The Commission shall adopt the measures envisaged if they are in accordance with the opinion of the Committee.

If the measures envisaged are not in accordance with the opinion of the Committee, of if no opinion is delivered, the Commission shall, without delay, submit to the Council a proposal relating to the measures to be taken. The Council shall act by a qualified majority.

If, on the expiry of a period of three months from the date of referral to it the Council has not acted, the proposed measures shall be adopted by the Commission, save where the Council has decided against the said measures by a simple majority. Done at Brussels, 31 March 1992. For the Council

The President

Vitor MARTINS

(1) OJ No C 277, 5. 11. 1990, p. 18. (2) OJ No C 94, 13. 3. 1992. (3) OJ No C 159, 17. 6. 1991, p. 38.

ANNEX

Summary of action lines

ORIENTATIONS FOR AN ACTION PLAN IN THE FIELD OF THE SECURITY OF INFORMATION SYSTEMS

INTRODUCTION

The action plan shall have as its objective the development of overall strategies aiming to provide users and producers of electronically stored, processed or transmitted information with appropriate protection of information systems against accidental or deliberate threats.

The action plan shall take into account and complement the world-wide standardization activities under way in this field.

It shall include the following lines of action:

- development of a strategic framework for the security of information systems;

- identification of user and service provider requirements for the security of information systems;

- solutions for immediate and interim needs of users, suppliers and service providers;

- development of specifications, standardization, evaluation and certification in respect of the security of information systems;

- technological and operational developments in the security of information systems;

- provision of security of information systems.

The action plan shall be implemented by the Commission, in close association with related actions in Member States and in conjunction with related Community research and development actions.

1. Action line I - Development of a strategic framework for the security of information systems

1.1. Issue

Security of information systems is recognized as a pervasive quality necessary in modern society. Electronic information services need a secure telecommunications infrastructure, secure hard- and software as well as secure usage and management. An overall strategy, considering all aspects of security of information systems, needs to be established, avoiding a fragmented approach. Any strategy for the security of information processed in an electronic form must reflect the wish of any society to operate effectively yet protect itself in a rapidly changing world.

1.2. Objective

A strategically orientated framework has to be established to reconcile social, economic and political objectives with technical, operational and legislative options for the Community in an international context. The sensitive balance between different concerns, objectives and constraints are to be found by sector actors working together in the development of a common perception and agreed strategy framework. These are the prerequisites for reconciling interests and needs both in policy-making and in industrial developments.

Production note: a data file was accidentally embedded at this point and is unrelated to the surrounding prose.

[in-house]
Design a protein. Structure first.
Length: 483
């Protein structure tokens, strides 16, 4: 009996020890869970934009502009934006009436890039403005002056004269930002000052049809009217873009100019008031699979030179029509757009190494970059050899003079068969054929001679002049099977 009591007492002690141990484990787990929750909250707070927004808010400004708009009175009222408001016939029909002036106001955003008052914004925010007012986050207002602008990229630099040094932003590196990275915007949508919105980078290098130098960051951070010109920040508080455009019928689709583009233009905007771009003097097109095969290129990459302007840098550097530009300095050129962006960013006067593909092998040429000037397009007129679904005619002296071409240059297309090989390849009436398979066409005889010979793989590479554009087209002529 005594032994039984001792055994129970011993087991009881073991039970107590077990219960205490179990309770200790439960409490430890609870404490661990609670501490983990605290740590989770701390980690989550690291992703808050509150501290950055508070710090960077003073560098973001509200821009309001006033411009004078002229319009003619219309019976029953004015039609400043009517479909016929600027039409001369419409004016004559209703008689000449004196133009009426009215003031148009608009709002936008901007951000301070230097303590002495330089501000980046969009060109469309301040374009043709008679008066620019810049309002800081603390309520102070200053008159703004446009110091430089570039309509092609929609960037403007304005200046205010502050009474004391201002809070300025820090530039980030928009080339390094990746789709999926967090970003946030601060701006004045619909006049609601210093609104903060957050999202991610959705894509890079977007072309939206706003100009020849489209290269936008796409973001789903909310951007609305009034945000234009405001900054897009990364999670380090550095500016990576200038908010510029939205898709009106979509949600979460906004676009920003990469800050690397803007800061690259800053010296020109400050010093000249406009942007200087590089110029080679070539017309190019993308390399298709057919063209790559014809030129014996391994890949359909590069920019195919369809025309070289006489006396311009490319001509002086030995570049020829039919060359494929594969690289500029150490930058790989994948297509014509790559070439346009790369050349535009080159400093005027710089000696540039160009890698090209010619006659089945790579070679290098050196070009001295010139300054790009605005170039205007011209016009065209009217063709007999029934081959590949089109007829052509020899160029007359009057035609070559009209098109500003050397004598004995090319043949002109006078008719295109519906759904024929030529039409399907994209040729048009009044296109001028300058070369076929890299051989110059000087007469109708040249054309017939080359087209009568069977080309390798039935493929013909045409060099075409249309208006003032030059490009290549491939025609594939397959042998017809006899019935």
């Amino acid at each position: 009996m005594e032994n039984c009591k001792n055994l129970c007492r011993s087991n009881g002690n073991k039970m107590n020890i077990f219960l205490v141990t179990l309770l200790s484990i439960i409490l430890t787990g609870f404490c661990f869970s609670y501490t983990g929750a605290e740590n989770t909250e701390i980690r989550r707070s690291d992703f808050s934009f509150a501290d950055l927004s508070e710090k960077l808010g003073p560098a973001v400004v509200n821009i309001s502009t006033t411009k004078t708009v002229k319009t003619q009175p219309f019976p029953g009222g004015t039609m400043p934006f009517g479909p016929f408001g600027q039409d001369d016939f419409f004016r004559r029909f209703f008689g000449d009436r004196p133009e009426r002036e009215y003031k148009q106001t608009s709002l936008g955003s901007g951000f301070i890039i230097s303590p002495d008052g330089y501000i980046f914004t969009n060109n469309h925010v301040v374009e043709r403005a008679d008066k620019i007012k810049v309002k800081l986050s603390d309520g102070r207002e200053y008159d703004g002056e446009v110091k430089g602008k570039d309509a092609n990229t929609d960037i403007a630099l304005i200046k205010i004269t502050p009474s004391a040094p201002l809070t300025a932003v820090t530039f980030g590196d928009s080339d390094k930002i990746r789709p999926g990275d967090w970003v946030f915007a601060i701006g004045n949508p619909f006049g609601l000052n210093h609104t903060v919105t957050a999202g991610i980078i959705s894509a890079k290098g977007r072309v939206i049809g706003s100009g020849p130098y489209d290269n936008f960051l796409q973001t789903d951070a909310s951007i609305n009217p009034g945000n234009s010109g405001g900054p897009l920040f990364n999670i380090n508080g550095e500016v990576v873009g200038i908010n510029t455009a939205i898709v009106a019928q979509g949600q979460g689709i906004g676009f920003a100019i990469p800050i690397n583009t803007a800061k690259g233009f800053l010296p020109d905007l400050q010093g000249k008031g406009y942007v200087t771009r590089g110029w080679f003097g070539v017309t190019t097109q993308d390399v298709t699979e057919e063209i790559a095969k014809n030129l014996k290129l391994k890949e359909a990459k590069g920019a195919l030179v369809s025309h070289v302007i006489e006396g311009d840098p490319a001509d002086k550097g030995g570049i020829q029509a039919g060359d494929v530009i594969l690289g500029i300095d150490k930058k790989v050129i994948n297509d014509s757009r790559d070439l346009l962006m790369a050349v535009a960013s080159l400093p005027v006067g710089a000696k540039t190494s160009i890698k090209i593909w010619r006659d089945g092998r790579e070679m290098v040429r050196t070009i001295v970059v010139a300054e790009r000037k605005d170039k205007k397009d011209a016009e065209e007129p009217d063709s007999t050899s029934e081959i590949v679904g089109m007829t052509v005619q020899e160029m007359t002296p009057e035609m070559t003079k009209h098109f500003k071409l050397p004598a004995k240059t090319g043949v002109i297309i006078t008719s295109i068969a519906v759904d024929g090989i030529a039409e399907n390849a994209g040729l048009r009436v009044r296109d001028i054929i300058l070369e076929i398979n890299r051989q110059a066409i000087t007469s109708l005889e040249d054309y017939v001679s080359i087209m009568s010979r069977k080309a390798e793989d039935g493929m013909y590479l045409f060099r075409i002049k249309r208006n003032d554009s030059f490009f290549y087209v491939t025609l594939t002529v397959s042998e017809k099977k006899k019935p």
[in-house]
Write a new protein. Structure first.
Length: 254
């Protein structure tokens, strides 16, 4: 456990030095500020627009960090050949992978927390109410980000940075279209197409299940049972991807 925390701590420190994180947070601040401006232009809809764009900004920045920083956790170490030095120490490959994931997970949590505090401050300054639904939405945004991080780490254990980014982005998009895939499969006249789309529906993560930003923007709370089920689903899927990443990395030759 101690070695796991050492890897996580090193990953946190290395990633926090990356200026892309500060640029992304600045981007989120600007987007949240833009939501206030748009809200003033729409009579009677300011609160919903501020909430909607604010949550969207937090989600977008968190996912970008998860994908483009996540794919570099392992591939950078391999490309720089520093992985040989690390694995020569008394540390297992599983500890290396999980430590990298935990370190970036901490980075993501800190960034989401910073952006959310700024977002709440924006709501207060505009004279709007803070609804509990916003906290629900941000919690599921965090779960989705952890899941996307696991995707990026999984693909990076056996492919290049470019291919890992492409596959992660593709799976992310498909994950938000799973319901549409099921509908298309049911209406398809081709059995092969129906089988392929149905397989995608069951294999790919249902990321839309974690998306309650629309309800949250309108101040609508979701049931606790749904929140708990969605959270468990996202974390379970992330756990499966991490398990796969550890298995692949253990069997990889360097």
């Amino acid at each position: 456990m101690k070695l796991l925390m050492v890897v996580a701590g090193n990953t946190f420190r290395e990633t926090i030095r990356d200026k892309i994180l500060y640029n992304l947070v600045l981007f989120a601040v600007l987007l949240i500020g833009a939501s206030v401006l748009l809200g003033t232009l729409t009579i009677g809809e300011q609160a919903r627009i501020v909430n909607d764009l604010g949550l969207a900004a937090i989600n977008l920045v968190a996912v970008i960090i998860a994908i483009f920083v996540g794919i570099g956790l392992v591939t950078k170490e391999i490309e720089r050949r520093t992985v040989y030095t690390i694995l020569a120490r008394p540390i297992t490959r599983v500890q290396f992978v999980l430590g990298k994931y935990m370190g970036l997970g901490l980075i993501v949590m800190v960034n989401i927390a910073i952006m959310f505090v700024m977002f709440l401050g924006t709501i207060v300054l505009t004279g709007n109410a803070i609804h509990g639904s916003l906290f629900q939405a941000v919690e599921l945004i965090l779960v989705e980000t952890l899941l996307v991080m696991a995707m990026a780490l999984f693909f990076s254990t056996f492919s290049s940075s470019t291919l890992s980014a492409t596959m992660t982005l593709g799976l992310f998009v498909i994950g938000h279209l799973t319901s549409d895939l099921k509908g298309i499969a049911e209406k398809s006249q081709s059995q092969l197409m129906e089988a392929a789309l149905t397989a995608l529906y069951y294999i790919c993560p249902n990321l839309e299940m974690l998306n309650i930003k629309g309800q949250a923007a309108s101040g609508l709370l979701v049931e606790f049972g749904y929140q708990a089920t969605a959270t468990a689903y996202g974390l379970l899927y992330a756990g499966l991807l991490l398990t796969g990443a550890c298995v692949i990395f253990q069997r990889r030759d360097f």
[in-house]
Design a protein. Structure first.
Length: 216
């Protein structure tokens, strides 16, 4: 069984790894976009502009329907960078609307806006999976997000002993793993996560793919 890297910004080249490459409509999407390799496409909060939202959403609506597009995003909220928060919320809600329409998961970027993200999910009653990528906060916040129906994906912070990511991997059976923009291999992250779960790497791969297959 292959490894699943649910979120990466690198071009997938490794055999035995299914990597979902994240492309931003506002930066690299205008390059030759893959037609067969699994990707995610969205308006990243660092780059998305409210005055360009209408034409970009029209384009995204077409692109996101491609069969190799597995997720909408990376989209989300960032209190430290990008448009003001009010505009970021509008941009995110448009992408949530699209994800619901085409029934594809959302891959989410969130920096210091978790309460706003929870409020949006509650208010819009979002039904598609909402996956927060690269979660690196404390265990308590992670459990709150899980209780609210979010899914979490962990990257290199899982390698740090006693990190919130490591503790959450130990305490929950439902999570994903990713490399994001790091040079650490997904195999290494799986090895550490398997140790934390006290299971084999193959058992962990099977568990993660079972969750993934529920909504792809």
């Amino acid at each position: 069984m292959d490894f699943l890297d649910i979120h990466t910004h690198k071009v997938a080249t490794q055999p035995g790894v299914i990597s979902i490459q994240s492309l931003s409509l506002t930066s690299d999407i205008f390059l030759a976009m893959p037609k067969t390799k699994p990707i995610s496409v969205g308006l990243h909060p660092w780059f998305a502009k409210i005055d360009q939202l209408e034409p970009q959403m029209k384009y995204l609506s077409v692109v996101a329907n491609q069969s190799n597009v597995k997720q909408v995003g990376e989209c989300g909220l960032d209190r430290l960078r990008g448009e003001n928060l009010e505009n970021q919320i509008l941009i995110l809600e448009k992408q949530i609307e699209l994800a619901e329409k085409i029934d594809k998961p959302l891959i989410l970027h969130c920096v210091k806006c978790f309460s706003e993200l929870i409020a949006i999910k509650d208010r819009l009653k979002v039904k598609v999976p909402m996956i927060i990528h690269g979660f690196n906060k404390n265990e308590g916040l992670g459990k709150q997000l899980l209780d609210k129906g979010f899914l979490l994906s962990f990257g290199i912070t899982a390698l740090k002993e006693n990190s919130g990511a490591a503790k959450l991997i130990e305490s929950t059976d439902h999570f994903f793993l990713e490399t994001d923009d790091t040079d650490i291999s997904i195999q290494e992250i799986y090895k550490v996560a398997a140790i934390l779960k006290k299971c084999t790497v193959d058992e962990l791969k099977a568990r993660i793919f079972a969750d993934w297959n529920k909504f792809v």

1.3. Status and trends

The situation is characterized by growing awareness of the need to act. However, in the absence of an initiative to coordinate efforts, it seems very likely that dispersed efforts in various sectors will create a situation which will de facto be contradictory, creating progressively more serious legal, social and economic problems.

1.4. Requirements, options and priorities

Such a shared framework would need to address and situate risk analysis and risk management concerning the vulnerability of information and related services, the alignment of laws and regulations associated with computer/telecommunications abuse and misuse, administrative infrastructures including security policies, and how these may be effectively implemented by various industries/disciplines, and social and privacy concerns (e.g. the application of identification, authentication, non-repudiation and possibly authorization schemes in a democratic environment).

Clear guidance is to be provided for the development of physical and logical architectures for secure distributed information services, standards, guidelines and definitions for assured security products and services, pilots and prototypes to establish the viability of various administrative structures, architectures and standards related to the needs of specific sectors.

Security awareness must be created in order to influence the attitude of the users towards an increased concern about security in information technology (IT).

2. Action line II - Identification of user and service provider requirements for the security of information systems

2.1. Issue